Advertisement
Share

A new role for Yankees slugger Joe DiMaggio

This article was originally on a blog post platform and may be missing photos, graphics or links. See About archive blog posts.


Where have you gone, Joe DiMaggio?

Onto the front of a stamp unveiled by the U.S. Postal Service. The New York Yankees star, immortalized by Simon & Garfunkel in their hit song from the 1967 film ‘The Graduate,’ will be the first player featured in a stamp series honoring Major League Baseball stars and planned for next year.

The series, announced this week by the U.S. Postal Service, will give DiMaggio his first starring role on a postage stamp. Fans would agree it’s an honor long overdue for the man whose 56-game hitting streak in 1941 still stands. As the Postal Service noted in its brief announcment, DiMaggio, who died in 1999, led the Yankees to 10 pennants and nine World Series titles. ‘Many consider him the greatest all-around player of his time,’ it said.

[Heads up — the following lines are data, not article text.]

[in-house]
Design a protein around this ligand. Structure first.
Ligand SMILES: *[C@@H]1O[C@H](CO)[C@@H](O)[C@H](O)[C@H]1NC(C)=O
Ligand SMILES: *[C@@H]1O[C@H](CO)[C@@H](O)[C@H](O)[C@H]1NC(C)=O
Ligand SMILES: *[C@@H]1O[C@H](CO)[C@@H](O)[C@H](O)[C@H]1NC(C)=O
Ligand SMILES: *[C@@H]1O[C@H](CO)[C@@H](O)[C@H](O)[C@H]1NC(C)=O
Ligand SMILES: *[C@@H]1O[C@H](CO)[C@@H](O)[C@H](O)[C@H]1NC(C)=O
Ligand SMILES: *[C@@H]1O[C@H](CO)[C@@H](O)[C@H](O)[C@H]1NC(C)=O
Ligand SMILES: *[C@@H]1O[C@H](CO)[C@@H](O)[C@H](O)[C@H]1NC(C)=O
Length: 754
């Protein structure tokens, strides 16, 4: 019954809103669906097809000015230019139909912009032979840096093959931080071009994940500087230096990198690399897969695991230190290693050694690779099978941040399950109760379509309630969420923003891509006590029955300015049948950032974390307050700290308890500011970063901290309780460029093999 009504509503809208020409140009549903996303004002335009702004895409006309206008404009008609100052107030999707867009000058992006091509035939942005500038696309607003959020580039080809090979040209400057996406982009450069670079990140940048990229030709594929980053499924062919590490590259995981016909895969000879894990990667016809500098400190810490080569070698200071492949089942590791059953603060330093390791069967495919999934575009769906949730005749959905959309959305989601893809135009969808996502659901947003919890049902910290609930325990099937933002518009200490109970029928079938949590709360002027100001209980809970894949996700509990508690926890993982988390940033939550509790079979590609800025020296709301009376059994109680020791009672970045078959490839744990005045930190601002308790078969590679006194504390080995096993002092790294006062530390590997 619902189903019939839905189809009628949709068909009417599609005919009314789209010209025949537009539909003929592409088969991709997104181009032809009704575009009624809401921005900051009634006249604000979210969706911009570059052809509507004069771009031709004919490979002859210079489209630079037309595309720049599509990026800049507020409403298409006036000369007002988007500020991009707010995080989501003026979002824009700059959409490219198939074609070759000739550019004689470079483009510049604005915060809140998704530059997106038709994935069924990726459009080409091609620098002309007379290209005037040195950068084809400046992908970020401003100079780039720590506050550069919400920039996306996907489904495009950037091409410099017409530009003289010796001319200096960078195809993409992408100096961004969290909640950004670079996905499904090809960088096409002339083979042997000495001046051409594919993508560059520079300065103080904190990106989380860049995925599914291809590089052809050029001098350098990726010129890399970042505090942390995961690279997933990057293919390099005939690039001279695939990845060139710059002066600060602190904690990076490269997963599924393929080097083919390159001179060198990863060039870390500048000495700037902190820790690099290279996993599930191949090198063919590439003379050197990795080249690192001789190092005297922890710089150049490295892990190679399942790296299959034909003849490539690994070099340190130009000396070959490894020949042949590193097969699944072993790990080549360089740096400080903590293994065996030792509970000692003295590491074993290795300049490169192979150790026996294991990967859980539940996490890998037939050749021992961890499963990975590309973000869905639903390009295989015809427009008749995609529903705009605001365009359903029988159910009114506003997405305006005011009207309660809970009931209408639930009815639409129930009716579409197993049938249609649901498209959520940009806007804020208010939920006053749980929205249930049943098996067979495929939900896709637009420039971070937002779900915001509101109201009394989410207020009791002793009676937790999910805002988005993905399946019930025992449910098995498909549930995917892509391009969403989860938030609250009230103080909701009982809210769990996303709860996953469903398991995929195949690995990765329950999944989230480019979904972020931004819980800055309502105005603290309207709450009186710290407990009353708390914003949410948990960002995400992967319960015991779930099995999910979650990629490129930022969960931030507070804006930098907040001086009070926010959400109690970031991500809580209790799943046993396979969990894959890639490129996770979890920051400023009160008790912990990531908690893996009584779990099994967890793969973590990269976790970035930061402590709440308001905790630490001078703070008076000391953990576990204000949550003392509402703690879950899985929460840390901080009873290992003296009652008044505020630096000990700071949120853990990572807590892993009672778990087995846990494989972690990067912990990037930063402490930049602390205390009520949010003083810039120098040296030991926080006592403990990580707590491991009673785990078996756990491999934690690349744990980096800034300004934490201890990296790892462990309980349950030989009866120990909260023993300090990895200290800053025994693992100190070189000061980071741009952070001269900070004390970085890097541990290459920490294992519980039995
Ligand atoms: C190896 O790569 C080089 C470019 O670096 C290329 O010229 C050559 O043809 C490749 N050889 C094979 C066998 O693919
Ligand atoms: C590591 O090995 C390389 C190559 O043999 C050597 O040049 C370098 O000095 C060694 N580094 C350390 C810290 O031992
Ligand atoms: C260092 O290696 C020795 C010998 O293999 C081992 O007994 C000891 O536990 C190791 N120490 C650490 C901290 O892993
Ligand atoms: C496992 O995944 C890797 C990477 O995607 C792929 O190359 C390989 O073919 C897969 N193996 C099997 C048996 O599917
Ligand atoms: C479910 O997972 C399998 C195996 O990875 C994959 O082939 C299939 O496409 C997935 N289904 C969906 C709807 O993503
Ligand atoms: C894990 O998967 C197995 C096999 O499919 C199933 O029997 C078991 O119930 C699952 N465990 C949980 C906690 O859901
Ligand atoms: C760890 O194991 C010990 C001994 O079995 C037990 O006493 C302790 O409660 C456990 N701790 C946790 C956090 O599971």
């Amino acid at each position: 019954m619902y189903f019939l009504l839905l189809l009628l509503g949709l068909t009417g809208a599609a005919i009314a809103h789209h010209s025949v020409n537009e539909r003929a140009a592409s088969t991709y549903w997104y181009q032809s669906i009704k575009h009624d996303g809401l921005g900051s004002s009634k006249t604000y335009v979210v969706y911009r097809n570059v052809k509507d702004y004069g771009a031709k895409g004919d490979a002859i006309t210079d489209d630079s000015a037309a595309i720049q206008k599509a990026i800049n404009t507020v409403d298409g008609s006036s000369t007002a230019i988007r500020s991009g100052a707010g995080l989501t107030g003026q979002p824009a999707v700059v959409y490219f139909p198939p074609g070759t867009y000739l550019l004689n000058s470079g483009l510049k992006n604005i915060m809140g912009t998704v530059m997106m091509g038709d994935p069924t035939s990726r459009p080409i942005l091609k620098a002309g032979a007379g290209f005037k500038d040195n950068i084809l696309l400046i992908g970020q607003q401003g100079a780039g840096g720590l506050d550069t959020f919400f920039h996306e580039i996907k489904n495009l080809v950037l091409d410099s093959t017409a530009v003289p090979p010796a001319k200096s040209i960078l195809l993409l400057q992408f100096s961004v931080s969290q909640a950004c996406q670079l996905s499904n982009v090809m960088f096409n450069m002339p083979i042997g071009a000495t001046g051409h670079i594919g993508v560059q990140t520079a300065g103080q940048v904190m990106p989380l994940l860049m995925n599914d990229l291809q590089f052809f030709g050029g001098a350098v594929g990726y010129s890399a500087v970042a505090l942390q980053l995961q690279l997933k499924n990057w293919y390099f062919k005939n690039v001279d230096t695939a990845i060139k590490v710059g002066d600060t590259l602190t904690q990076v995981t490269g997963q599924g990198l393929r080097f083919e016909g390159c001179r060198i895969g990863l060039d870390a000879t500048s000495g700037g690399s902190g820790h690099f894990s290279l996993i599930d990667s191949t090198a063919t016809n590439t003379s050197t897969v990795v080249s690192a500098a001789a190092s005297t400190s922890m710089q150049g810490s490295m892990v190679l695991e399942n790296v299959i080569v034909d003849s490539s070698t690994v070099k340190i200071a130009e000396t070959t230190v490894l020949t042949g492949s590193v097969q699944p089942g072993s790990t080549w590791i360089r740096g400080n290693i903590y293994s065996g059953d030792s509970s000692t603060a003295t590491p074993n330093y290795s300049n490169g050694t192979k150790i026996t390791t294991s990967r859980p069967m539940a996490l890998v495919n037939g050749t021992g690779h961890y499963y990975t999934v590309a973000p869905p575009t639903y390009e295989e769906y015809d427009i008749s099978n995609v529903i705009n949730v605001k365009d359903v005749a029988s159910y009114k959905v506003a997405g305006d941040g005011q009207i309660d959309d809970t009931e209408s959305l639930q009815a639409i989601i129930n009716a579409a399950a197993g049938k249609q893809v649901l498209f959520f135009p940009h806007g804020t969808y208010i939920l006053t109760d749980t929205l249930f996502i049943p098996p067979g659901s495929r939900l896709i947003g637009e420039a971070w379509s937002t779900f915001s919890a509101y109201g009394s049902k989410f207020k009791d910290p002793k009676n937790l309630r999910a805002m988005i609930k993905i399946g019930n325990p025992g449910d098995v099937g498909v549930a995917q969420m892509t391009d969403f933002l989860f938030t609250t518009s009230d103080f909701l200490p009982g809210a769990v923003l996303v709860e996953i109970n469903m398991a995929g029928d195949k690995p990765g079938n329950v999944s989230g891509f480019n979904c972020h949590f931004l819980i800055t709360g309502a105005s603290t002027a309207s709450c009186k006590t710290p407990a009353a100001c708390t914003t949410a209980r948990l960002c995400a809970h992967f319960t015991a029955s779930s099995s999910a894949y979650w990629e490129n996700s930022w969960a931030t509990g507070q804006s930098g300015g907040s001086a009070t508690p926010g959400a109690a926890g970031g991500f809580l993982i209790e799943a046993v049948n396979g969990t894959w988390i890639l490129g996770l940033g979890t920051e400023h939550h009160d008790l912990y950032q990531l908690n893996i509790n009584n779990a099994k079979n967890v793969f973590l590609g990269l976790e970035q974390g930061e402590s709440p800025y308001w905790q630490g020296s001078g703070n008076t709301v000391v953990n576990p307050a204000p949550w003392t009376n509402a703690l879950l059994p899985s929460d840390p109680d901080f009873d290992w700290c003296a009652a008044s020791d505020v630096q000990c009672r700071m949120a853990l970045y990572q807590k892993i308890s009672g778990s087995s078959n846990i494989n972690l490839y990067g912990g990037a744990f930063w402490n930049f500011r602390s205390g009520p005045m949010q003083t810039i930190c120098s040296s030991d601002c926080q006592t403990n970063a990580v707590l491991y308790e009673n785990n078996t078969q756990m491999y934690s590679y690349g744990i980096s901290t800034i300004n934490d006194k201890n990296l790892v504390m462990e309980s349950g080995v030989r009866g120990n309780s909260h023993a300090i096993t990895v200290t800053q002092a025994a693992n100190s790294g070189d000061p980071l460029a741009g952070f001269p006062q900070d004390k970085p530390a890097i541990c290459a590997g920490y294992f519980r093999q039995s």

Advertisement

DiMaggio, a California native whose nicknames included Joltin’ Joe and the Yankee Clipper, was more than just a spectacular slugger. He became a fodder for gossip columnists during his brief -- less than one-year -- marriage to Marilyn Monroe in 1954. She made it onto the front of a stamp in 1995.

In the 1970s, he became the spokesman for Mr. Coffee coffee makers. His name has figured in countless books, films, TV shows, and of course that Simon & Garfunkel song, ‘Mrs. Robinson,’ which asks the question: ‘Where have you gone, Joe DiMaggio?’ as it laments the loss of heroes like Joltin’ Joe. ‘A nation turns its lonely eyes to you. Woo woo woo,’ goes the answer.

The Lemonheads rock band had a hit with their own take on the song decades later, elevating DiMaggio’s star status for a new generation. Three other baseball stars will be part of the stamp series, but their names have not yet been revealed. One thing’s for certain: None will have the words ‘woo woo woo’ forever tied to their names.

RELATED:

A legend lives on

Marilyn Monroe statue causes a stir

Los Angeles Times obituary for Joe DiMaggio

-- Tina Susman in New York


Advertisement